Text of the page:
- The last touches (adding tags, pre-shrinking, etc.)
- Shipping to international merchants
- Shipping to international customers
There are a tonne of different production teams and hands at work here.
Additionally, keep in mind that all of this frequently changes for each season and type of clothing, so each brand doesn't constantly work with the same supplier pool.
Because they don't even KNOW every step of their supply chain, even the best-intentioned brands are likely to be complicit someplace.
It's nearly impossible to stay organised.
Problem #3: The Rate Of Fashion Consumption
The size of the fashion business and its insatiable need for economic expansion are astounding.
However, capitalism keeps the wheels turning.
On the production side, it has boosted many people's overall living standards and keeps people working (although miserable that employment may be).
We are told to "have it all; you deserve it" from a consumer standpoint. Remember to #TreatYoSelf.
We now consume 80 billion articles of clothes annually, a 400% increase from 20 years ago.
With an average annual use of 80 pounds of textiles, North America leads the world in this regard. Australia's annual per-person clothing consumption rate of 60 pounds follows them closely.
This is inversely correlated with the rapid population growth (more people = more clothing).
However, fast fashion's cultivation of overconsumption and unsustainable buying habits also plays a significant role.
People all throughout the world aspire to have the same level of consumption as people in wealthy nations. Clothing is bought by consumers 60% more frequently each year on average, but it lasts barely half as long as it did 15 years ago. The social and environmental repercussions of this unrestrained expansion business model are not taken into account.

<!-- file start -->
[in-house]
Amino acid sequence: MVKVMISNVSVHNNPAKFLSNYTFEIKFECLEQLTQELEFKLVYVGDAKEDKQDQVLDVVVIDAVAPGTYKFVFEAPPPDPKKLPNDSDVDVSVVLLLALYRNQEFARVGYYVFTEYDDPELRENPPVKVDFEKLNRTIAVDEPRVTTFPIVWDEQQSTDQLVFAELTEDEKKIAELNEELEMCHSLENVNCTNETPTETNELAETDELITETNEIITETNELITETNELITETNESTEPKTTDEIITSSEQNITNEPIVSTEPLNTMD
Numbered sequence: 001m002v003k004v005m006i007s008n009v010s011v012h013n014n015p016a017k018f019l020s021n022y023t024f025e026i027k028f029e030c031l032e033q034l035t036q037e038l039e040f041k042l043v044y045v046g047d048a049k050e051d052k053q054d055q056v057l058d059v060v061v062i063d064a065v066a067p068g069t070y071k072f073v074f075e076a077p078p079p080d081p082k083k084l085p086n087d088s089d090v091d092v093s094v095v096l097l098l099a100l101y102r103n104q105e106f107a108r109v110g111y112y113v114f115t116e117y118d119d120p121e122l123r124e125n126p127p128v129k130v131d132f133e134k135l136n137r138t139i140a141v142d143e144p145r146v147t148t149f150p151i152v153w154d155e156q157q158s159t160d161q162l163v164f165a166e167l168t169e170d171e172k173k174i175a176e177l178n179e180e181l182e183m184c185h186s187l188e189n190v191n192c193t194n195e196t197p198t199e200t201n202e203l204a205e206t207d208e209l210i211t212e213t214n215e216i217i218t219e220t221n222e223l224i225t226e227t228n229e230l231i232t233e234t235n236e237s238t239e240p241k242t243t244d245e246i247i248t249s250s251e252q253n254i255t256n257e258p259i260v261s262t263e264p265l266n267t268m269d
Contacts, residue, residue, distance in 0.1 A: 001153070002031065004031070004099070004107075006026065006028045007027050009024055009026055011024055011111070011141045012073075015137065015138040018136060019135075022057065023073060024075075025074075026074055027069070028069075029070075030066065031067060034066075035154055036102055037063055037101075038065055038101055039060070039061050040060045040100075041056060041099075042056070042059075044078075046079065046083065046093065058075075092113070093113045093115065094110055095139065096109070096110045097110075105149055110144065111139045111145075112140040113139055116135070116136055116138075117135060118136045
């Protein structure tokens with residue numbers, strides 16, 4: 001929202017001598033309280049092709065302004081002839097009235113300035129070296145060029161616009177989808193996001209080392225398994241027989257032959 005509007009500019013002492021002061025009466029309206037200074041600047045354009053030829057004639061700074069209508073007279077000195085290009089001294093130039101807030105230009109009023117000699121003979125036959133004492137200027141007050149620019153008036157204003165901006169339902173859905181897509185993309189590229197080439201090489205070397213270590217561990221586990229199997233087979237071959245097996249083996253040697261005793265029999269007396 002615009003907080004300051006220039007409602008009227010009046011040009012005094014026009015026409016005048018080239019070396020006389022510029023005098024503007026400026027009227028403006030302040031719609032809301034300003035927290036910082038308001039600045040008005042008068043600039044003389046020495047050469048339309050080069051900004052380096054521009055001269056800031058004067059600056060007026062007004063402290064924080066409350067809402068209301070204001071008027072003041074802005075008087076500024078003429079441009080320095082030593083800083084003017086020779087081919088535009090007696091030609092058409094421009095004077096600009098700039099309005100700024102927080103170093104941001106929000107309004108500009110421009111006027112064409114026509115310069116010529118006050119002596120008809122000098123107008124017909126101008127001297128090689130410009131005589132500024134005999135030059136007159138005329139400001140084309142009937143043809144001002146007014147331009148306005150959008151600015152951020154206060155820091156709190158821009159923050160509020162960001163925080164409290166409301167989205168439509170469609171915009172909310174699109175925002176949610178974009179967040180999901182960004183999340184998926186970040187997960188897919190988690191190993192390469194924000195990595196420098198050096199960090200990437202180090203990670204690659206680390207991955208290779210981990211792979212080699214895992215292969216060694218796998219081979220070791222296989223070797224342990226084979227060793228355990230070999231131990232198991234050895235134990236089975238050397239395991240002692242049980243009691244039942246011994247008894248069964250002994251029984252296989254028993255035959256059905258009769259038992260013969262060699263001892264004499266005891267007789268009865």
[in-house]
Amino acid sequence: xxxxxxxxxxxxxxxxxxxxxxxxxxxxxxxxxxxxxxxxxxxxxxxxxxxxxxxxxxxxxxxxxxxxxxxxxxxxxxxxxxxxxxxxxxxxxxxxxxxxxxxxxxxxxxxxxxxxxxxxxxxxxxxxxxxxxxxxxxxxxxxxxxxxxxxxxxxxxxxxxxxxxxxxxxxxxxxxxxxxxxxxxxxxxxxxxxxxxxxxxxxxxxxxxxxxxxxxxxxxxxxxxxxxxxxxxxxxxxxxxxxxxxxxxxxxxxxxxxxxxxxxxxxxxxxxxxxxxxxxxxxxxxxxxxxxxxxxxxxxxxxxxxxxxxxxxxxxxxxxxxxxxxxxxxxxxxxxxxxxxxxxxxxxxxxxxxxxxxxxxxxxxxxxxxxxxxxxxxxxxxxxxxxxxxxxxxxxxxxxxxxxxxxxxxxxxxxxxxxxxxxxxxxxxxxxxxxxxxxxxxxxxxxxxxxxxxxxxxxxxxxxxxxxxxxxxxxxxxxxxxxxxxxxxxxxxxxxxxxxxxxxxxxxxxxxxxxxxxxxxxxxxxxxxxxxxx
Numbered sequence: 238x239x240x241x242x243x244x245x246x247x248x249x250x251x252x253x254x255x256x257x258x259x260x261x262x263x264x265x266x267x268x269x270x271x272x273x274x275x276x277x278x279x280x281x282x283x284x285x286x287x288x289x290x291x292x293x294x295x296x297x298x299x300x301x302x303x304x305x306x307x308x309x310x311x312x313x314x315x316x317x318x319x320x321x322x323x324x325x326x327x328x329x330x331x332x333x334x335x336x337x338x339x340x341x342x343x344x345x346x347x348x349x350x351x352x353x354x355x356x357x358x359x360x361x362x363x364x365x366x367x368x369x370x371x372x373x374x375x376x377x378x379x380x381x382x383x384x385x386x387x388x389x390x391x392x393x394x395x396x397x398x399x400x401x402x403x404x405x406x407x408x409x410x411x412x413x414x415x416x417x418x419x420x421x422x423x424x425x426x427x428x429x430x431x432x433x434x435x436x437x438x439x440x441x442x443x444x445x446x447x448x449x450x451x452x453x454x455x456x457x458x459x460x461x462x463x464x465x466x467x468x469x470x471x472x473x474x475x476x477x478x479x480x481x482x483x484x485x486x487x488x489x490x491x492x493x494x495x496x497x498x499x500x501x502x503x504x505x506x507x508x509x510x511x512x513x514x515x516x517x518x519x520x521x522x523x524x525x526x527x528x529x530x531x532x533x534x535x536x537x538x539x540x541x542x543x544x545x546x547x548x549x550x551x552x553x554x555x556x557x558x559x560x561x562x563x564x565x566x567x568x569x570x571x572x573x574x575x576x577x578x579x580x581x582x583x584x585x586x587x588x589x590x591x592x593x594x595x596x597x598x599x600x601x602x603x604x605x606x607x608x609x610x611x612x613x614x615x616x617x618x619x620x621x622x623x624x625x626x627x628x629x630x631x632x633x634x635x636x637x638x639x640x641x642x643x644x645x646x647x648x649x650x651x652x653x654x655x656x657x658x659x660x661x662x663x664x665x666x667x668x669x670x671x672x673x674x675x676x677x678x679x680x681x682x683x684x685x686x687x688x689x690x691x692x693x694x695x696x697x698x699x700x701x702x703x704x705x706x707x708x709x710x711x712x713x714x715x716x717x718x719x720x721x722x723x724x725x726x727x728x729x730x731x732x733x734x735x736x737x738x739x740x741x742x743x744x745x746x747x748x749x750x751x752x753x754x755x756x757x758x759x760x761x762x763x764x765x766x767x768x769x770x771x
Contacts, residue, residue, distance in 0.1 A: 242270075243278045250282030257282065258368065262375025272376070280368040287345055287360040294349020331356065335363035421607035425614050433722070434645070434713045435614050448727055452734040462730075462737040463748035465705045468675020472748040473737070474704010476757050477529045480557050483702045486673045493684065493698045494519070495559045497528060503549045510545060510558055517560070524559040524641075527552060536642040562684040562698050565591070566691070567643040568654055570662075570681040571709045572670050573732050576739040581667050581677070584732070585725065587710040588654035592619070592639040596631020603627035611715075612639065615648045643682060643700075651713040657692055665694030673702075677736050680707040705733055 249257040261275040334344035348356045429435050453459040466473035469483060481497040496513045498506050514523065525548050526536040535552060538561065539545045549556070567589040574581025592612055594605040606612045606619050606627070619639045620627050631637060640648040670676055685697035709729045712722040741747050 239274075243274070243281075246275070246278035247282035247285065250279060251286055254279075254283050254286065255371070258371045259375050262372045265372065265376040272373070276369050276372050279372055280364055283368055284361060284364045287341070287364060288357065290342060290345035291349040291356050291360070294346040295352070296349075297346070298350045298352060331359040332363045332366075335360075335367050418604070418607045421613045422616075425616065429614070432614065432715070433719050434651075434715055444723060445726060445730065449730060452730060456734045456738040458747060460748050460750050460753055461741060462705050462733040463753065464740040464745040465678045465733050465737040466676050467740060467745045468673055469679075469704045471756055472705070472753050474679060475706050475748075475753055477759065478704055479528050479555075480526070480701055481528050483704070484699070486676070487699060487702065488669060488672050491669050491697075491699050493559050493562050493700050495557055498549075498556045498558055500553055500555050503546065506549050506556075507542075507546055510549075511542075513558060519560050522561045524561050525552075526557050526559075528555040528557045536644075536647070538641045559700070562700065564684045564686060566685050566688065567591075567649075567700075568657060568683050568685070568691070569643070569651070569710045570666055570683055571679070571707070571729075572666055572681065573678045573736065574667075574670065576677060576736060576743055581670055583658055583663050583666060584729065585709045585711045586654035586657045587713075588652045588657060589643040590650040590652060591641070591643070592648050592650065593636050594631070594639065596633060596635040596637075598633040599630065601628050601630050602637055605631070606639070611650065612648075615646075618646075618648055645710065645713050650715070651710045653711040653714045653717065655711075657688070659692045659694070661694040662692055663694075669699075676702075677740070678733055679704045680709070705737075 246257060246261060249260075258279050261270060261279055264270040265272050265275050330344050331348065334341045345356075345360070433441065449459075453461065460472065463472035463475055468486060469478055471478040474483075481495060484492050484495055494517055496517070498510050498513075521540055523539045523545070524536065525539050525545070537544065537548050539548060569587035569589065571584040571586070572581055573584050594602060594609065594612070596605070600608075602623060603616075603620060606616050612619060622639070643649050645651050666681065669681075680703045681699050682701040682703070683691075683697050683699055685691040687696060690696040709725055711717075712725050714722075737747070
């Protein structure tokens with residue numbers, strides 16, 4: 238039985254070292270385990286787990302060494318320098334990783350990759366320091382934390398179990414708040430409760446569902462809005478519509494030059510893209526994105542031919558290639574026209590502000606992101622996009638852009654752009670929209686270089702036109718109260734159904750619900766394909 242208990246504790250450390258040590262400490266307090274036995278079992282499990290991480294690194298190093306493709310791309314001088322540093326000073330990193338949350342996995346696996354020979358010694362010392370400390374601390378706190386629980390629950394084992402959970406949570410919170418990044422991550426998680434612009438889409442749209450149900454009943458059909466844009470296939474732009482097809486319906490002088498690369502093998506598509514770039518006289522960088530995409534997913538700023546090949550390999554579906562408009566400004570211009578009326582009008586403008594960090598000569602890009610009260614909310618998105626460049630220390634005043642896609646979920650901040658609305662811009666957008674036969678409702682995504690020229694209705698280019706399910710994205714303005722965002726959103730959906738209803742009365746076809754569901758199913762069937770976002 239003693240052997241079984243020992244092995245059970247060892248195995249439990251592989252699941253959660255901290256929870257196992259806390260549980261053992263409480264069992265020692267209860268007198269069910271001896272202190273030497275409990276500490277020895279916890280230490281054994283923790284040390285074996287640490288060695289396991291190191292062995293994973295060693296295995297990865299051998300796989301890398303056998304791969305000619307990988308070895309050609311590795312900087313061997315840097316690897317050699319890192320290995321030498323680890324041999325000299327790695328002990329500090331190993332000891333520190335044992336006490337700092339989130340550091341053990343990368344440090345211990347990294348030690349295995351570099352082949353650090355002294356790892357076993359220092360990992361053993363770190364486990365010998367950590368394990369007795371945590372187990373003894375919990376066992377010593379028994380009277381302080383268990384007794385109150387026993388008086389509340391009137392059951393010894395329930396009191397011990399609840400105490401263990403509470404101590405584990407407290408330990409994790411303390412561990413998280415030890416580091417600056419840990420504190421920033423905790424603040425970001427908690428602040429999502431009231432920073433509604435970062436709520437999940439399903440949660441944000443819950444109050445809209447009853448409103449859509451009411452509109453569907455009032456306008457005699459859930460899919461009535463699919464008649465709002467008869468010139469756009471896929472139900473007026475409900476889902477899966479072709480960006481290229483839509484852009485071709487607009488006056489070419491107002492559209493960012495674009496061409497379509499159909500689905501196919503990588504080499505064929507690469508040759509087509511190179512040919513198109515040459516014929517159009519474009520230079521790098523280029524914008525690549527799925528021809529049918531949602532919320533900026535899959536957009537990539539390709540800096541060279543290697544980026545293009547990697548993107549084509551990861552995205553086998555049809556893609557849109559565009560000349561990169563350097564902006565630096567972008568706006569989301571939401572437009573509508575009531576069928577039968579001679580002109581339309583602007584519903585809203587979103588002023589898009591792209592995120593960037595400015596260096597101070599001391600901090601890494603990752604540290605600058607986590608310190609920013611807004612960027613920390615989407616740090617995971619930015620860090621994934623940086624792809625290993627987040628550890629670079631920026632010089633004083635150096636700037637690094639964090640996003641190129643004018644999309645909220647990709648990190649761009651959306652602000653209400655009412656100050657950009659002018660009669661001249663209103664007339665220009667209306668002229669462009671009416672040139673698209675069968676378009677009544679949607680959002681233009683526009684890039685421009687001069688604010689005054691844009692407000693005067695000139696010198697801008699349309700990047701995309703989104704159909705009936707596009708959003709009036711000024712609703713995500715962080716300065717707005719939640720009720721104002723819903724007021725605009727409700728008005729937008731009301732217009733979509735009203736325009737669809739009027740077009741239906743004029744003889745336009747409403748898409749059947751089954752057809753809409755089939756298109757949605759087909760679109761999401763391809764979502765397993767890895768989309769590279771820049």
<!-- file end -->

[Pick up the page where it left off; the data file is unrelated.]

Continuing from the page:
Problem #4: Chemical Use In Fashion Production
When you think about pollution, images of gas-pumping oil refineries, companies that emit carbon dioxide, and other detrimental sights come to mind.
You don't consider the fashion sector.
However, the fashion sector has been identified as one of the most environmentally harmful ones.
About half of all textiles are made from cotton, according to the WWF. Unfortunately, cotton is the most chemically intensive crop when cultivated conventionally, using 25% of the world's insecticides and 18% of the world's pesticides.
In actuality, 17 teaspoons of chemical pesticides and fertilisers are used to cultivate the 9 ounces of cotton needed to make an ordinary t-shirt.
In addition to being utilised to create the fibres, toxic chemicals are also infamous for being employed in the dying and processing of textiles.
These substances include formaldehyde, phthalates, which are known carcinogens, and heavy metals including nickel, lead, and chromium.
These toxins pose a risk to us wearers as well as to producers and manufacturers. Fashion can't possibly be worth the cost of wearing formaldehyde, can it?
Problem #5: Water Waste & Water Pollution
After manufacture and dying, all those chemicals don't simply go.
For rivers and the oceans, they mean a tremendous quantity of runoff and pollutants.